Appellant S. Sam Caldwell, Commissioner of Georgia's Department of Labor, was indicted September 27, 1983, for conspiracy to defraud the State. At about the same time other members of the Labor Department, including one Nancy Sue Brown, were indicted for similar offenses, and Caldwell was named in the indictment of Ms. Brown as an unindicted co-conspirator. State of Georgia v. Nancy Sue Brown, Fulton County Indictment No. A-68279. After Brown was convicted in March 1984, Caldwell filed a "Plea in Former Jeopardy and Motion to Dismiss Indictment on the Grounds of Former and/or Double Jeopardy," alleging that he had in effect already been "tried" by the Brown court and that to make him stand trial in the instant case would place him in double jeopardy, contrary to constitutional and statutory proscriptions.
The State filed a traverse and demurrer to appellant's motion and, after a hearing, the trial court entered an order finding, inter alia, that Caldwell had not been placed in jeopardy during the Brown proceedings; that the "Motion to Dismiss . . . on the Grounds of Former . . . Jeopardy" was "factually a motion to dismiss . . . for other reasons, primarily prosecutorial misconduct, which has separately been denied"; and that the plea was "frivolous and totally devoid of merit" and was but a transparent "attempt to create a direct appeal under Patterson v. State, 248 Ga. 875 (1982)
." Caldwell filed an interlocutory appeal from this judgment, and the State filed an "Extraordinary Motion for Expedited Review and Dismissal of the Appeal." This court denied the State's motion and issued an order declaring the trial court's order directly appealable under Patterson, supra, and holding that, under Abney v. United States, 431 U. S. 651 (97 SC 2034, 52 LE2d 651) (1977), and United States v. Dunbar, 611 F2d 985 (5th Cir. 1980), cert. denied 447 U. S. 926 (100 SC 3022, 65 LE2d 1120) (1980) (cases dealing with frivolous appeals), the trial court's jurisdiction had not been divested by appellant's filing his Notice of Appeal and was authorized to proceed with the trial during the pendency of the appeal. Appellant's subsequent motion for rehearing was denied on April 10, 1984, and on April 25, 1984, appellant was found guilty of conspiracy to defraud the State. Held:
Appellant's plea of former/double jeopardy is without merit. Although "questions of double jeopardy in Georgia must now be determined under the expanded statutory proscriptions [set forth in OCGA 16-1-6
, and 16-1-8
(Code Ann. 26-505, 26-506, 26-507]," State v. Estevez, 232 Ga. 316
, 317 (206 SE2d 475
) (1974), the statutory provisions are triggered only after a defendant has been initially placed in jeopardy. "A defendant is placed in jeopardy when, in a court of competent jurisdiction with a sufficient indictment, he has been arraigned, has pled and a jury has been impaneled and sworn." Shaw v. State, 239 Ga. 690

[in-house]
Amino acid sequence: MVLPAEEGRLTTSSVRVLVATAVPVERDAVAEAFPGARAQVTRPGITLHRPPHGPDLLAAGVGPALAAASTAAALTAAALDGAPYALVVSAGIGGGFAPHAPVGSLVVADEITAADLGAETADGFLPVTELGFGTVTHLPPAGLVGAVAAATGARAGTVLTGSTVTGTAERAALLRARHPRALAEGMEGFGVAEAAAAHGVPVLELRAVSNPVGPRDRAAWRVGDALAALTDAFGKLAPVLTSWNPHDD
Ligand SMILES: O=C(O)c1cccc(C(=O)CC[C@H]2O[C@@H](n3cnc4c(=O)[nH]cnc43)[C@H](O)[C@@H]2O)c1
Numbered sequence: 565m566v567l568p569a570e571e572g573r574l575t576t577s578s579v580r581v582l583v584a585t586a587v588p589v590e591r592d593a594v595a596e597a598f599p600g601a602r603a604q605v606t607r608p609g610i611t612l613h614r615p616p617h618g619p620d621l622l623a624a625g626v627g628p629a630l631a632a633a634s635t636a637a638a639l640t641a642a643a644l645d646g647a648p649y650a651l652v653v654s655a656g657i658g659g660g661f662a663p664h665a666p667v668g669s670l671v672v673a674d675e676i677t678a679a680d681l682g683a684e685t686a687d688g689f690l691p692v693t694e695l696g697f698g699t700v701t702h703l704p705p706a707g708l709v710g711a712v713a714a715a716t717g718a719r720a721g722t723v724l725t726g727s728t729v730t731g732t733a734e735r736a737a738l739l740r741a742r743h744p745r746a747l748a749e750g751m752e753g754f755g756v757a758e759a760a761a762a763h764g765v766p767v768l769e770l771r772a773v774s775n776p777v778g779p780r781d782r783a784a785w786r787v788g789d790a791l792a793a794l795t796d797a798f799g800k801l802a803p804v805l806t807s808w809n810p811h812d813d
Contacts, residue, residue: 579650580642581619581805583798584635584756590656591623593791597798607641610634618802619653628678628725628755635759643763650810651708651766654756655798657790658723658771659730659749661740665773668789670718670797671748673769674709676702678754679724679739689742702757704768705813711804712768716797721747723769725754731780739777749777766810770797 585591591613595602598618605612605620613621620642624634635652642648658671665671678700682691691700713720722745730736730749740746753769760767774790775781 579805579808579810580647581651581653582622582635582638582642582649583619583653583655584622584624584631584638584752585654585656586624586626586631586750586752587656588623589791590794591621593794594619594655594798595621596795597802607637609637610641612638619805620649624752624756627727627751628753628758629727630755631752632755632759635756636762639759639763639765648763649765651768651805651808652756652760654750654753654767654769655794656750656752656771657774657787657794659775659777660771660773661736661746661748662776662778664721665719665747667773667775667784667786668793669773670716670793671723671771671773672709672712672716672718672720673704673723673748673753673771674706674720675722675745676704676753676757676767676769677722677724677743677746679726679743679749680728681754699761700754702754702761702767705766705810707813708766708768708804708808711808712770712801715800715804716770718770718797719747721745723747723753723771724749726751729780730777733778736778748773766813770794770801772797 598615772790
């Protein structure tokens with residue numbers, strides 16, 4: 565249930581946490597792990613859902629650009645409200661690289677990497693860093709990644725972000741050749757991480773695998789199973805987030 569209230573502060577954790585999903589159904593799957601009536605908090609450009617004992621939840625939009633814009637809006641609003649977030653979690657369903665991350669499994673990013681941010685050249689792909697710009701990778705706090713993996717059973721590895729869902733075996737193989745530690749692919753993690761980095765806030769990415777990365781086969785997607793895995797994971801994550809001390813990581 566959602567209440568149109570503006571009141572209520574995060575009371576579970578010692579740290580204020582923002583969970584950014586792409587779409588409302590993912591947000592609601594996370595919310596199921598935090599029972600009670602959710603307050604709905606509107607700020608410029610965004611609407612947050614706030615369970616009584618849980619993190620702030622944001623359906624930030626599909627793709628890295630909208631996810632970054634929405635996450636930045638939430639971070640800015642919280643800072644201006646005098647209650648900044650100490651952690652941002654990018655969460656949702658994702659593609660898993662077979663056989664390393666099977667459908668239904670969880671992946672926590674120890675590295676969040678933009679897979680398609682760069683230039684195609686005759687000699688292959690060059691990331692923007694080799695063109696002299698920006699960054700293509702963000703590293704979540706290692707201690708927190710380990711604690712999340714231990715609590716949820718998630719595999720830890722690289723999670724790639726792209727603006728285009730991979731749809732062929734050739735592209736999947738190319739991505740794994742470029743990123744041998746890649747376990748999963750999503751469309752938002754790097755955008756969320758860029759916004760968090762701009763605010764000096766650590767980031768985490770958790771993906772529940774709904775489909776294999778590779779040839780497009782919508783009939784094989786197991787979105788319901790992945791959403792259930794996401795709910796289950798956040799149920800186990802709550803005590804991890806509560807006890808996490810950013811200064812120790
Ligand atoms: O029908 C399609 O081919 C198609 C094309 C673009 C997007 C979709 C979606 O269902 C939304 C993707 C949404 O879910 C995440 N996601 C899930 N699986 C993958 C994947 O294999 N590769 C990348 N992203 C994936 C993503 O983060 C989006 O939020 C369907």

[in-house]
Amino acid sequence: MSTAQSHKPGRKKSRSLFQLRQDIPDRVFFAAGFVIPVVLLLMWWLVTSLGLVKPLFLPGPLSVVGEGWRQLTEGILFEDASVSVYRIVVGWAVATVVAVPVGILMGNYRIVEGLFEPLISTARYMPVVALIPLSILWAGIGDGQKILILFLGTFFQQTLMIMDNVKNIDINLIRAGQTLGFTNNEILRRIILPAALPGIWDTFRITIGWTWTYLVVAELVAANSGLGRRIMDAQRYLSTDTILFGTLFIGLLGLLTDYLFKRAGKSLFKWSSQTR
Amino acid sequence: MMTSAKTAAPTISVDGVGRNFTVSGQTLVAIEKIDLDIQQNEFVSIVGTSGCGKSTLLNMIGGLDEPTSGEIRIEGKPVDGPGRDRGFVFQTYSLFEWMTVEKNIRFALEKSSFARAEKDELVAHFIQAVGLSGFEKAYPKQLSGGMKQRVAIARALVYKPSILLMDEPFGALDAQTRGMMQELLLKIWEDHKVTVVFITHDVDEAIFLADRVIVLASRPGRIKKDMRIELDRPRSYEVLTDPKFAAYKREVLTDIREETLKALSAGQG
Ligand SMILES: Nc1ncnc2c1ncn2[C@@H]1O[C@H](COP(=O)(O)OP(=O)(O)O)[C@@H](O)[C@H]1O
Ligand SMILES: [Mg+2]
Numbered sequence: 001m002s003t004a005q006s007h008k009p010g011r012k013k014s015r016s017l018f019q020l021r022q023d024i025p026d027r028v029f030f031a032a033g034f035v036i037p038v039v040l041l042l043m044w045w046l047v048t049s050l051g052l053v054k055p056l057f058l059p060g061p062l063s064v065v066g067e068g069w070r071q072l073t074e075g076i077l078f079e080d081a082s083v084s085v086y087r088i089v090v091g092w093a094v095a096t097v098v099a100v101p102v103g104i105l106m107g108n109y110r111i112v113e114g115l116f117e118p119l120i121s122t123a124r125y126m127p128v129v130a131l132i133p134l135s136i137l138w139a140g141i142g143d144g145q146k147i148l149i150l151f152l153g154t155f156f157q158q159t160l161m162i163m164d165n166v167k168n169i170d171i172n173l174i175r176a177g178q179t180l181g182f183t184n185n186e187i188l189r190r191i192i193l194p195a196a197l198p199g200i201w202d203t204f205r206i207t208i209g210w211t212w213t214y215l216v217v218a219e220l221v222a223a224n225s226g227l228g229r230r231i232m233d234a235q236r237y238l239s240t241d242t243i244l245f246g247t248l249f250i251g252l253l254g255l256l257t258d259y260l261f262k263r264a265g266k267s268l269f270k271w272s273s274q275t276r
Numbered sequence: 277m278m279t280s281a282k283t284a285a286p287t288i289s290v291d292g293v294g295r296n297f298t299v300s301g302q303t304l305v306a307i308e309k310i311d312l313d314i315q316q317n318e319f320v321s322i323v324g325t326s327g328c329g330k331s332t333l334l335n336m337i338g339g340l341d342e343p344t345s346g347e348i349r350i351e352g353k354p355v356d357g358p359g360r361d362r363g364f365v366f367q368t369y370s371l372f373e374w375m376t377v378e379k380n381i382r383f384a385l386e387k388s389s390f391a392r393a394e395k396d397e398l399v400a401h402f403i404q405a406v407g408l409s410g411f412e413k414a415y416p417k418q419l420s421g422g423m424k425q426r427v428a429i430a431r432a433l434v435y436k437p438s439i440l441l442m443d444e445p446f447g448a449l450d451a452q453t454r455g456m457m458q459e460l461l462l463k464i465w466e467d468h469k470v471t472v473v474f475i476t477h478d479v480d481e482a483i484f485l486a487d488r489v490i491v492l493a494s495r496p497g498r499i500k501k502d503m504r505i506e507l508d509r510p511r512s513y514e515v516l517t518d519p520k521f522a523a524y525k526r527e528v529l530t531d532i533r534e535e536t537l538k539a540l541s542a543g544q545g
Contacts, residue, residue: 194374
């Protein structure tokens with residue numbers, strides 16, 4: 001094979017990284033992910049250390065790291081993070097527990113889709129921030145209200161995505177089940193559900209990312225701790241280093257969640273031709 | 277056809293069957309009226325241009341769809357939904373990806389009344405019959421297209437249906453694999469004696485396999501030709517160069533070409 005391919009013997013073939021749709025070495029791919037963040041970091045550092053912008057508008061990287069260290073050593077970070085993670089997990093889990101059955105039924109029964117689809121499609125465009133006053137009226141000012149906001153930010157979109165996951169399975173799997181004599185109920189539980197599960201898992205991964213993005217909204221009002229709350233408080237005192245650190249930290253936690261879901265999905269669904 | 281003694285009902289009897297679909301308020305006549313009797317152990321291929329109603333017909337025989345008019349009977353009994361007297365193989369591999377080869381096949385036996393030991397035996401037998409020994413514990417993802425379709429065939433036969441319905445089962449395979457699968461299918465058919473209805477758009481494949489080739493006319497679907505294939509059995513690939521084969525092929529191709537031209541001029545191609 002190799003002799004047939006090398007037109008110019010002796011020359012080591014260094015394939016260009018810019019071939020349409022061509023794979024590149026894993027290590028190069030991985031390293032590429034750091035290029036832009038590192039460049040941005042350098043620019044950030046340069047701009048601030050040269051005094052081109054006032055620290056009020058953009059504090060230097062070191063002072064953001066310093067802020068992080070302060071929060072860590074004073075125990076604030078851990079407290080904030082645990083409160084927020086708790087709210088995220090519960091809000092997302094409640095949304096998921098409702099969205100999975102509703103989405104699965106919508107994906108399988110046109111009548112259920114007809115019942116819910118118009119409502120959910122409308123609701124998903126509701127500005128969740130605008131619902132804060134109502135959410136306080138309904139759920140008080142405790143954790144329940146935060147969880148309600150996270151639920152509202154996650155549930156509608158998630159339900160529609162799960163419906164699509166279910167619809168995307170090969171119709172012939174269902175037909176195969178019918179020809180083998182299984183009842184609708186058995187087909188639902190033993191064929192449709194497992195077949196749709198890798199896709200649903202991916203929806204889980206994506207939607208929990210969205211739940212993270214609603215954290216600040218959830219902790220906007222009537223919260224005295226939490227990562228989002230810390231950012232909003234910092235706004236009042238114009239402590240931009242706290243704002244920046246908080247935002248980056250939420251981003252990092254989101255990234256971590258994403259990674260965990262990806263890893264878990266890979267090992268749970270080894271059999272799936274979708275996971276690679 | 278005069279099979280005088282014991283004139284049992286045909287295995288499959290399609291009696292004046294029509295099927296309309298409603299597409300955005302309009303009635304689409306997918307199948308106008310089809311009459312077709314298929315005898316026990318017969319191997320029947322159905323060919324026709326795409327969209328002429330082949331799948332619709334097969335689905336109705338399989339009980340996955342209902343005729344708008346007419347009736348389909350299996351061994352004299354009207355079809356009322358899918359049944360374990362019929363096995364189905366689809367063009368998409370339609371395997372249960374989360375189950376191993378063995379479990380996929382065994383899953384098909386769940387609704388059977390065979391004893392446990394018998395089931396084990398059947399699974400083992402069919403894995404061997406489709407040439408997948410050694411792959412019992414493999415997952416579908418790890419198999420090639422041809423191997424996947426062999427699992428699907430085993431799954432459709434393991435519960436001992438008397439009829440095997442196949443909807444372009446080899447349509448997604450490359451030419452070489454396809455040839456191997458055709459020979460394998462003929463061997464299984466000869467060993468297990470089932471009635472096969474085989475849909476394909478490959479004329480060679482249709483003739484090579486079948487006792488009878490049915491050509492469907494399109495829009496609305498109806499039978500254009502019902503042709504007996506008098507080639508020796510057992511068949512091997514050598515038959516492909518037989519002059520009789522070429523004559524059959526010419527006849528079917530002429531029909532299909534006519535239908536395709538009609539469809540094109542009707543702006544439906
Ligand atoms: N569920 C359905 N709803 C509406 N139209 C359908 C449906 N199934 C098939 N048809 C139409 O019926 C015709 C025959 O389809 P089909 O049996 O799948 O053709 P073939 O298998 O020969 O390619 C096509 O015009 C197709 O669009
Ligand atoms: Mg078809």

, 692 (238 SE2d 434
Appellant does not dispute that in the Brown proceedings he was not arraigned, he entered no plea, and no jury was impaneled and sworn against him. Under the Shaw criteria, then, appellant was not placed in jeopardy prior to his own trial, and the cases he cites purportedly in support of his position are inapposite. In United States v. Briggs, 514 F2d 794 (5th Cir. 1975), two named but unindicted persons, prior to trial, moved the trial court for an order expunging references to them in the indictment. While their appeal from the denial of this motion was pending, the indicted conspirators were acquitted, and the Fifth Circuit reversed the trial court's denial of the motion and ordered the names expunged because, inter alia, the appellants were placed by the acquittal in the procedural posture of having no forum available in which to seek exoneration. In State v. Shepherd Constr. Co., 248 Ga. 1 (281 SE2d 151) (1981)
, the Supreme Court held, at p. 4, that "[t]he 'perfect' indictment must either name the alleged 'other' conspirators or label them as unknown or unindicted." The Brown indictment meets this criterion, and the mere fact of being named in an indictment in an entirely different proceeding in no way operates to place appellant Caldwell in double jeopardy.
Michael J. Bowers, Attorney General, O. Hale Almand, Jr., Special Assistant Attorney General, James P. Googe, Jr., Executive Assistant Attorney General, H. Perry Michael, First Assistant Attorney General, Stephanie B. Manis, Senior Assistant Attorney General, Mark H. Cohen, Bryndis R. Jenkins, Assistant Attorneys General, H. Jeff Lanier, Staff Assistant Attorney General, for appellee.